In response to the continuing pandemic, Congress passed-and the President signed-an unprecedented series of laws designed to help people effected by the COVID-19 crisis. The following is intended as a brief summary of these benefits and how they can apply in workers’ compensation cases, as well as generally.
Expanded Unemployment Benefits:
Traditionally, North Carolina has been among the stingiest and worst unemployment benefits in the country. To be eligible, the unemployment cannot be attributable to the employee’s “fault” (layoffs or furloughs due to COVID-19 are not the employee’s fault) and the employee must actively seek work. The employee must be ready, willing and able to work.
Benefits are limited to 20 weeks and a maximum amount of $350.00 per week. To be eligible, you generally must have worked 2 of the previous 5 quarters (3 month periods or 15 months), and earned more than $780.00 in each of those quarters. The earnings usually are required to be paid subject to W2 reporting, not independent contractor/1099 earnings or “under the table” cash payments. The amount of benefits is determined by taking the earnings for the last two quarters (six months) and dividing that amount by 52. So if someone earned $20,000 per year on a steady basis, the last two quarters (six months) would be $10,000; divided by 52 would equal a benefit of $192.31 per week. The maximum benefit is $350.00 per week. The math means unemployment benefits are maxed out by anyone making more than $36,400 per year. Put another way, a person making $36,400 per year gets $350.00 per week in benefits; a person making $125,000 per year also gets . . . $350.00 per week in benefits. To be eligible, the unemployment cannot be attributable to the employees “fault” (layoffs of furloughs due to COVID-19 would meet this requirement) and the employee must actively seek work.
Under the CARES Act, unemployment benefits are expanded significantly by what is called “Pandemic Unemployment Assistance.” The expansion has three main elements:
The unemployment needs to be “because of the COVID-19 emergency.” If a restaurant worker is unemployed because they currently are forbidden to be open, that would certainly be subject to the increased benefits. It is less clear if restaurants are allowed to reopen and their particular restaurant shut down because of financial problems whether they would still be eligible for the increased benefits. The following is the Department of Labor’s guidance on what qualifies for the increased benefits:
The most common of these situations is people whose place of business is closed because of the COVID-19 or who must care for their children due to school shutdowns. Note that if you are eligible for telework and refuse, the benefits are not available.
As it relates to workers’ compensation, most people getting workers’ compensation will not get the expanded benefits. This is because either they have not been working recently enough to be eligible or they are not “available to work” as required by the statute. Workers’ compensation benefits are paid at a rate of 67% of average pre-injury earnings, up to a maximum compensation rate of $1,066.00 per week.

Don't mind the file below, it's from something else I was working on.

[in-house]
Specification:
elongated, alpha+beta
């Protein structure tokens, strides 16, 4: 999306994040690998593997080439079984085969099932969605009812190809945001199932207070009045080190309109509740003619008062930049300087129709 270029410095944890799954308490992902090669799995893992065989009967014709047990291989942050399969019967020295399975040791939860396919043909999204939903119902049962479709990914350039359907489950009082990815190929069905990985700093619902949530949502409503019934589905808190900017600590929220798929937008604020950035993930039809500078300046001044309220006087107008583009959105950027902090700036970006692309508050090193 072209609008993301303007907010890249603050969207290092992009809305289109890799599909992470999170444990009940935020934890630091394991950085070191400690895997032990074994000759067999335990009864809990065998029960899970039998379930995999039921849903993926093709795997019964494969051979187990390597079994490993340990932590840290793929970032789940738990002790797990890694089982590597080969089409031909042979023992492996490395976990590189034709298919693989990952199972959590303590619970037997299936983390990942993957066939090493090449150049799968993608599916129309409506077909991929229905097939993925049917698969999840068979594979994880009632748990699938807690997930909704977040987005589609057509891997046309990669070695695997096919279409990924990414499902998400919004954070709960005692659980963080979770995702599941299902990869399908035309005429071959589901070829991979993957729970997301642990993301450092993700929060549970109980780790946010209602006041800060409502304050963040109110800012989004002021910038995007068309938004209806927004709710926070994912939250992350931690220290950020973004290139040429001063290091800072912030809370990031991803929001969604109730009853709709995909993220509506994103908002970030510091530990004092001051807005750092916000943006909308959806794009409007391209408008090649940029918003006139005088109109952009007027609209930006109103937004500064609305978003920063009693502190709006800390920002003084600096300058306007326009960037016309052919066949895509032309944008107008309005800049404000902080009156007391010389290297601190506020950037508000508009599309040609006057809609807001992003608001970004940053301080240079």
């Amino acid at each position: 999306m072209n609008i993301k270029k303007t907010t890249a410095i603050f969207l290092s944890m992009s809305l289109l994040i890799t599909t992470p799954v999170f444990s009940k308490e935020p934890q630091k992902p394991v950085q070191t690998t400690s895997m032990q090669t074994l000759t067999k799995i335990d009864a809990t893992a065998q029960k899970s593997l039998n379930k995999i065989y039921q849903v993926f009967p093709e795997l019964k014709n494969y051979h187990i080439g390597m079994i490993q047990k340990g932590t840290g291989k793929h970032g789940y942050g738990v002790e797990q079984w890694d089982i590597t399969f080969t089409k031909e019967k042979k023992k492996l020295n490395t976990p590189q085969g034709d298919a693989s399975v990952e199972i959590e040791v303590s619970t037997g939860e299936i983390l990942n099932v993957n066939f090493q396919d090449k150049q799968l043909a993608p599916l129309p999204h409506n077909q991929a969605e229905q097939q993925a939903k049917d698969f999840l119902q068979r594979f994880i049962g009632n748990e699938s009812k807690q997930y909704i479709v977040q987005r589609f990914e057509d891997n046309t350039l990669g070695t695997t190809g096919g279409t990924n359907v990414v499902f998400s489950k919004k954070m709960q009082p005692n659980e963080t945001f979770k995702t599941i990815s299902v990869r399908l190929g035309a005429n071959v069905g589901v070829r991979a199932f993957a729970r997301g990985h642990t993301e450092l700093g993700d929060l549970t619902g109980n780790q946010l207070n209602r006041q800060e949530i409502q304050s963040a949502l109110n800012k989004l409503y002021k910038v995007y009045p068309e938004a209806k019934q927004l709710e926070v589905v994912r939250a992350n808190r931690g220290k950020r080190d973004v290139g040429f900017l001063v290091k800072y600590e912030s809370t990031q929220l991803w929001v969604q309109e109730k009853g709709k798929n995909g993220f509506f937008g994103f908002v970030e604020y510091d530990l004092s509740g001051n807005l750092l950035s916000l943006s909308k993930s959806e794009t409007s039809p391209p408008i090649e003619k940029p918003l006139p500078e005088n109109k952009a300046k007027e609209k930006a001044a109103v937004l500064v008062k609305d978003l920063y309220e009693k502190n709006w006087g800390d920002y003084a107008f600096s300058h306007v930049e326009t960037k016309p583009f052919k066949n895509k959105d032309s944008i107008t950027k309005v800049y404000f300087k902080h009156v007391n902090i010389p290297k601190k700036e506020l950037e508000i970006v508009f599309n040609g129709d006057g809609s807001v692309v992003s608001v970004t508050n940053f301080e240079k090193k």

There are a couple of situations where it might apply, however. First, if an injured worker was performing light-duty and they can no longer perform that light-duty because the place of business is closed or one of the other requirements apply, that person would be eligible if they meet the other requirements. In this situation, it would almost certainly be more beneficial to collect unemployment than workers’ compensation, as the unemployment benefits may be higher, at least initially. The time limit on benefits would eventually stop the unemployment benefits, especially if the business reopens, whereas workers’ compensation benefits can be paid for much longer. The second situation is where someone is recently injured and otherwise meets the requirements for unemployment. For them, it may be more beneficial to get the unemployment benefits as they may be substantially higher than worker compensation benefits. In either event, discuss this with your attorney before making the choice.
Families First Coronavirus Response Act (FFCRA)
In addition to the unemployment assistance, the Congress passed the FFCRA. What this does is dramatically expand the Family Medical Leave Act for COVID-19-related conditions.
Among the highlights:
ALL employers must provide two weeks of full-pay sick leave and 2/3 pay for 10 weeks if an employee is unable to work because of an isolation order, or the employee gets Covid-19 or has to isolate because of exposure or caring for someone else; or
Has to care for a child whose school and/or daycare has been closed due to Covid-19-related reasons.
It applies to all employers with fewer than 500 employees, regardless of full or part-time status and regardless of length of work. In addition, health insurance and other employment benefits must be continued as if the employee is working.
Here is a DOL poster explaining the new benefits:
For any questions about these matters, contact Ramsay Law Firm and the attorney working on your case.